The reason for the long hours is that each operation takes four hours and two operations are usually performed each day. This fills an eight hour working day even before any patients operated on the previous day can be reviewed or those to be operated on the following day can be assessed. Outpatients can be accommodated by having a working day set aside for this. Reorganising cardiothoracic surgery to fit into a conventional nine to five day would mean doing only one operation each day or handing over to an additional team. Both options would cost more - we would need more surgeons, junior and senior, who would need more facilities. These facilities would lie dormant for the remaining 16 hours a day and the length of training would increase. Partial shift systems have been advocated as a way of reducing junior doctors' hours but result in loss of continuity of care and require more participants than the number of registrars in most cardiothoracic units.(2)
Long hours are intrinsic to cardiac surgery and current pressures to reduce hours of work will inevitably lead to some dilution of experience. The six year period of specialist training is already a relatively short time in which to learn the whole of cardiothoracic surgery to a level of proficiency adequate for independent practice. Trainees currently work 100 hours a week not because they want to work such long hours, nor because they have nothing else to do with their time, but because they want to end up as competent surgeons and because the theoretical alternative of having an eight to ten year apprenticeship - that is, being a junior doctor for an extra two to four years - is even less appealing.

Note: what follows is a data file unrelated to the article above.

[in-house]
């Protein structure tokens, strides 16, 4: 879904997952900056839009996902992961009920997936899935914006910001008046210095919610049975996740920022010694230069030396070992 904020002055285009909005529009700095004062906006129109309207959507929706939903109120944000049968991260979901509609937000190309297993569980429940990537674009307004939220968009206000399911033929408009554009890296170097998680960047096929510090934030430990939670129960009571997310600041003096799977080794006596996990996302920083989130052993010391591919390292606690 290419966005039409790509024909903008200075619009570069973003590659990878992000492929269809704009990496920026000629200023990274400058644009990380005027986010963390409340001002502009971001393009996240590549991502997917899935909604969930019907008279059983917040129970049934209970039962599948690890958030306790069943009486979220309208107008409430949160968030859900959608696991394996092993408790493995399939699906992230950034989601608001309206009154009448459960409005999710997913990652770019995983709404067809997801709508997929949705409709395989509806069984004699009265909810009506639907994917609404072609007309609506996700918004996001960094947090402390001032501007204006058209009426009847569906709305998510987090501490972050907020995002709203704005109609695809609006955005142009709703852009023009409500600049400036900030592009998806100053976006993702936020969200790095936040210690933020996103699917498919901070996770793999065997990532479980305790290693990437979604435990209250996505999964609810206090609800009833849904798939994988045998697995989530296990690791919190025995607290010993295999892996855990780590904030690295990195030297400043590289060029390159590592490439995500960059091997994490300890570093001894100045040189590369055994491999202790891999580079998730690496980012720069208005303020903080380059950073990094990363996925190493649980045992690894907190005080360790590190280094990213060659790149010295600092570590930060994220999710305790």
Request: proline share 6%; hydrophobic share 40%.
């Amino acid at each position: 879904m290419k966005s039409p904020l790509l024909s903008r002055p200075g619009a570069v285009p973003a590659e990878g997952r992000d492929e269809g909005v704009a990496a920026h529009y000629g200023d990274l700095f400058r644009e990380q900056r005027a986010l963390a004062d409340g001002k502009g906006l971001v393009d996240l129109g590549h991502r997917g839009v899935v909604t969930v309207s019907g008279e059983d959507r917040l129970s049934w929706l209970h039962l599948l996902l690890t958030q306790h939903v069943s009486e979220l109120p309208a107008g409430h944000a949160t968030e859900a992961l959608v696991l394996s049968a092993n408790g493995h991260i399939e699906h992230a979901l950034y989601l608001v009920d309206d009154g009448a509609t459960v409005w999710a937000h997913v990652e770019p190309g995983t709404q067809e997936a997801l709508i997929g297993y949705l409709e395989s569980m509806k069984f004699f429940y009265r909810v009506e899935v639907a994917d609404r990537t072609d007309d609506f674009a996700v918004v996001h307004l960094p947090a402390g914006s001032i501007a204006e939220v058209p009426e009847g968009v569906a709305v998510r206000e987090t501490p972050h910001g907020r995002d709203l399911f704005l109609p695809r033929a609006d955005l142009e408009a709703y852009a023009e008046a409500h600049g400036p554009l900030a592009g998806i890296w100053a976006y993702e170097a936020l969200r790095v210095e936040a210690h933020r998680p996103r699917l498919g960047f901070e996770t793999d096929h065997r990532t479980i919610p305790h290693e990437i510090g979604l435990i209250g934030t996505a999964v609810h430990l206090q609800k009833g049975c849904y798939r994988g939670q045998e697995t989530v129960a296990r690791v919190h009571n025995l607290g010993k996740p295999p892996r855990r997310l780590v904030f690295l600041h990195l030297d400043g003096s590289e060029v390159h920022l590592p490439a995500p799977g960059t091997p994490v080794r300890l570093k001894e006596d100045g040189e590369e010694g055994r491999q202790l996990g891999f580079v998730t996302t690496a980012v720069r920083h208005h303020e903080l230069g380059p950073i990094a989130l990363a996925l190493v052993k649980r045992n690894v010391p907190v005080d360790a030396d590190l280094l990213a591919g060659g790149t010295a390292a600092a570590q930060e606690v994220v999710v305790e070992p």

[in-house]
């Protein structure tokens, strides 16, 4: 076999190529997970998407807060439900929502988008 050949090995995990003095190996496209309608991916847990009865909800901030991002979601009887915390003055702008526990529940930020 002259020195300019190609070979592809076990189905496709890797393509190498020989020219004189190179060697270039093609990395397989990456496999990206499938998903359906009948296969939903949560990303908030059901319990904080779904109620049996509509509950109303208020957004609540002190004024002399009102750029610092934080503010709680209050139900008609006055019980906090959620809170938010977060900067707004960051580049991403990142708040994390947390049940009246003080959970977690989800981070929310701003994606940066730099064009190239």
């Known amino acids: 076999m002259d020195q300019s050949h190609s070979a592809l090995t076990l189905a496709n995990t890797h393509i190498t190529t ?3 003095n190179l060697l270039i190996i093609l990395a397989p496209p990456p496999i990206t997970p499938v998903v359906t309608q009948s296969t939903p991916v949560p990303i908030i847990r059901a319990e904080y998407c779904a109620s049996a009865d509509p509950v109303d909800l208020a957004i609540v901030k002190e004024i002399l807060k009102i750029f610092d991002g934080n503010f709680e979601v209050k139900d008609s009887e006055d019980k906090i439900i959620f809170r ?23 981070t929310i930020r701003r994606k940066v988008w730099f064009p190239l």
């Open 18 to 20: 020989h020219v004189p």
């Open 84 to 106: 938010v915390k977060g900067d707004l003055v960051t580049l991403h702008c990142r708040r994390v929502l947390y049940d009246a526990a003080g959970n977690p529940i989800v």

The current organisation of cardiac surgery thus creates a problem for flexible working. The major difficulties are the problem of defining a time limited role in a specialty where acute problems arise 24 hours a day, and the requirement for fixed hours, not simply less hours. These are in addition to the problems of flexible training in any specialty such as continuity of care, the potential to be used only as a “fill in” when a full timer is away and the lack of understanding of the role by other staff.
Is flexible training flawed?